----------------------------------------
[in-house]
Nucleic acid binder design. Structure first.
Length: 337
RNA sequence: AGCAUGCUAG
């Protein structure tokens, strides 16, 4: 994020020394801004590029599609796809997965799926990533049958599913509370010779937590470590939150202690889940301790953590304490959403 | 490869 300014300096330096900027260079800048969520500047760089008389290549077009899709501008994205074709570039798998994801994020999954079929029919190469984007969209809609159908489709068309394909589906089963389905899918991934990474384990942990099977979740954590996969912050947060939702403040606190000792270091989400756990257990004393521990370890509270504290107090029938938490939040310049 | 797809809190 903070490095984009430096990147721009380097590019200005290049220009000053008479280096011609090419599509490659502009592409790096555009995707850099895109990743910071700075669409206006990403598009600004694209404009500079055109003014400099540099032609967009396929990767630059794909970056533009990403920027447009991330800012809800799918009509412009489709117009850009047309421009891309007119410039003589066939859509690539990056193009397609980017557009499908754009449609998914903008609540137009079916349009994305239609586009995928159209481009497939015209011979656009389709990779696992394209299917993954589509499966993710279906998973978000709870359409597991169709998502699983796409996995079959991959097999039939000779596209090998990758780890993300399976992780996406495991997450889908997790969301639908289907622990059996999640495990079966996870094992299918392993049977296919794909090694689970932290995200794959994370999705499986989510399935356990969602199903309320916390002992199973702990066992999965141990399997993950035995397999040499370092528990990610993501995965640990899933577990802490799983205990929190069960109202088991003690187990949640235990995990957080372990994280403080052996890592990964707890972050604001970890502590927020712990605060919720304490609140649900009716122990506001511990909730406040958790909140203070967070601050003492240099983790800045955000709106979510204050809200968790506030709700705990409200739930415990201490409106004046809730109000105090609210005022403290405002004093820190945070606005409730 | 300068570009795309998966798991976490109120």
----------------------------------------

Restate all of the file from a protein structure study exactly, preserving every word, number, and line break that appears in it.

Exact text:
[in-house]
Nucleic acid binder design. Structure first.
Length: 337
RNA sequence: AGCAUGCUAG
């Protein structure tokens, strides 16, 4: 994020020394801004590029599609796809997965799926990533049958599913509370010779937590470590939150202690889940301790953590304490959403 | 490869 300014300096330096900027260079800048969520500047760089008389290549077009899709501008994205074709570039798998994801994020999954079929029919190469984007969209809609159908489709068309394909589906089963389905899918991934990474384990942990099977979740954590996969912050947060939702403040606190000792270091989400756990257990004393521990370890509270504290107090029938938490939040310049 | 797809809190 903070490095984009430096990147721009380097590019200005290049220009000053008479280096011609090419599509490659502009592409790096555009995707850099895109990743910071700075669409206006990403598009600004694209404009500079055109003014400099540099032609967009396929990767630059794909970056533009990403920027447009991330800012809800799918009509412009489709117009850009047309421009891309007119410039003589066939859509690539990056193009397609980017557009499908754009449609998914903008609540137009079916349009994305239609586009995928159209481009497939015209011979656009389709990779696992394209299917993954589509499966993710279906998973978000709870359409597991169709998502699983796409996995079959991959097999039939000779596209090998990758780890993300399976992780996406495991997450889908997790969301639908289907622990059996999640495990079966996870094992299918392993049977296919794909090694689970932290995200794959994370999705499986989510399935356990969602199903309320916390002992199973702990066992999965141990399997993950035995397999040499370092528990990610993501995965640990899933577990802490799983205990929190069960109202088991003690187990949640235990995990957080372990994280403080052996890592990964707890972050604001970890502590927020712990605060919720304490609140649900009716122990506001511990909730406040958790909140203070967070601050003492240099983790800045955000709106979510204050809200968790506030709700705990409200739930415990201490409106004046809730109000105090609210005022403290405002004093820190945070606005409730 | 300068570009795309998966798991976490109120």